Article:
Peacebuilding and social cohesion are another crucial civil society focus promoted through grassroots dialogue and reconciliation initiatives, training of young peaceworkers, and using arts and sports to create occasions for different communities to meet. Councils for social cohesion are now active in four governorates. They are pilot project to promote space for members of civil society to dialogue with local authorities about human rights and community-level reconciliation. Activists announced a plan to organize a thematic social forum on Peace in Mosul, in the spring of 2019, where discussion will include the discrimination experienced by families accused of affiliation with Daesh. Often these are women and children who never supported Daesh and its ideology, and who are suffering tremendously because they are barred from returning to their former communities. Activists said: “Having one family member in Daesh doesn’t make you Daesh!”.

The Iraqi Social Forum (ISF), which brings together most of these civil society initiatives under its masarat,emphasized how activism is continuously evolving in Iraq. Opportunities are expanding as the government increasingly accepts an active role for civil society. Local social forums have been newly established in 13 places such as Tikrit, Fallujah, Ramadi, Hit, Najaf, Maysan, Babel, and Diyala. These local forums focus on local needs and conditions outside Baghdad. Since 2013, they have met together annually in Baghdad.

The Kurdistan Social Forum (KSF), which was launched in Erbil in 2017, convened its second meeting in Sulaymaniyah in 2018. It has been intensely engaged in campaigns for Freedom of Expression and the Protection of Minorities. These issues are particularly critical in the Kurdistan region, where journalists and protesters are frequently denied their rights and face repression. The KSF is also reaching out to civil society organizations and activists in areas of Ninewa recently liberated from Daesh, like Sinjar, where destruction was massive and human suffering is still immense.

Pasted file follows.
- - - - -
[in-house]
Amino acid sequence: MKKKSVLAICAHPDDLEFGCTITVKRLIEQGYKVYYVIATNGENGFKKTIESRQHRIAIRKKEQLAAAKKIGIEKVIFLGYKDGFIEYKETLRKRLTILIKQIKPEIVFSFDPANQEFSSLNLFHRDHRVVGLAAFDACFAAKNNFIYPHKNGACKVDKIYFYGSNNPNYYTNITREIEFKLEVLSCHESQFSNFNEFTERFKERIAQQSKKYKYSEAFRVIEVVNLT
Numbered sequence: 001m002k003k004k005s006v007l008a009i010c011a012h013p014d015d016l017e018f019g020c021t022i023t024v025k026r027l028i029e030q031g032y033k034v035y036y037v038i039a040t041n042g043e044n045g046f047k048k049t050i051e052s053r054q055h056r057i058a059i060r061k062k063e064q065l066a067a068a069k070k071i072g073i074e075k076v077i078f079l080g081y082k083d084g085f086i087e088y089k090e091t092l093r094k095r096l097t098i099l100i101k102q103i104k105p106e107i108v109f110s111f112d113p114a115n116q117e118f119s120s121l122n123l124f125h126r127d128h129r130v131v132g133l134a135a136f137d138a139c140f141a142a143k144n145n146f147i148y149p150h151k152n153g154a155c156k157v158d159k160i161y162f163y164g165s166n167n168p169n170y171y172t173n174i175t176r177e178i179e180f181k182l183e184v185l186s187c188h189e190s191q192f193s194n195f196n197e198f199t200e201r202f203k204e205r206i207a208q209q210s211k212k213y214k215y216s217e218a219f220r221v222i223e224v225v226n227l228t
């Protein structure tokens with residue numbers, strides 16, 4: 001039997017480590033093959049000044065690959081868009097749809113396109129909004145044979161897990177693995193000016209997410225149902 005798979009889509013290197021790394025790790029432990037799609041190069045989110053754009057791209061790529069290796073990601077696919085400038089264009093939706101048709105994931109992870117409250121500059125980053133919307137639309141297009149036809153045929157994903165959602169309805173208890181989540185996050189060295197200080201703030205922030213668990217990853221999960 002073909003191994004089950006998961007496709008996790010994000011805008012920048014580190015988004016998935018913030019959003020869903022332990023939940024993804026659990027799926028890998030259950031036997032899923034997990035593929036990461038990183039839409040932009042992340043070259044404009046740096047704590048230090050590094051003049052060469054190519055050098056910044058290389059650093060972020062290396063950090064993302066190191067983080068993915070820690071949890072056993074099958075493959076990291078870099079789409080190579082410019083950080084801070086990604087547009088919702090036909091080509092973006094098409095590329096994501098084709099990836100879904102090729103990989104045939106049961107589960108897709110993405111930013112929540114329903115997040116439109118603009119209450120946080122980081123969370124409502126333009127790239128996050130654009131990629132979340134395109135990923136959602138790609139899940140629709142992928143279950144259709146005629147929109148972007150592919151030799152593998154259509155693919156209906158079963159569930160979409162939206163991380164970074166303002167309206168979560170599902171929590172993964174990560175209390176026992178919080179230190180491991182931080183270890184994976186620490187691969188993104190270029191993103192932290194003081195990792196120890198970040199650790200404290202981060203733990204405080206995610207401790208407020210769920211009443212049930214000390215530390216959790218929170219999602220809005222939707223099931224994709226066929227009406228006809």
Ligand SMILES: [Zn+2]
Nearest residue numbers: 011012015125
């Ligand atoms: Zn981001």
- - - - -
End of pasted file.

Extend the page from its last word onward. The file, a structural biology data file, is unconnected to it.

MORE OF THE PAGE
In the strategic planning sessions that concluded the four-day meeting, Iraqi activists developed goals for the next four years, while internationals planned solidarity efforts to support and strengthen the Iraqis’ activities. An immediate demonstration of the potential for solidarity occurred the day after the ICSSI conference when the new Iraqi Minister of Culture met with Iraqi CSOs, archeologists, and Internationals to discuss the Urim Initiative for the protection of Iraqi cultural heritage. As a first activity, the Minister and ICSSI partner organizations will sign an agreement to develop a sustainable management plan for the archaeological site of Ur, a World Heritage site.

The ICSSI looks forward to the years ahead, with confidence that Iraqi civil society activists, especially the youth, will build on their many achievements. The partnership the ICSSI has forged between Iraqi and international activists proves the power of solidarity in action and how together we can move from protests to constructive programs of social and political change.

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ICSSI is supported by Un Ponte Per… through projects funded by The European Union, Fondation Assistance Internationale, Karibu Foundation, CCFD – Terre Solidaire.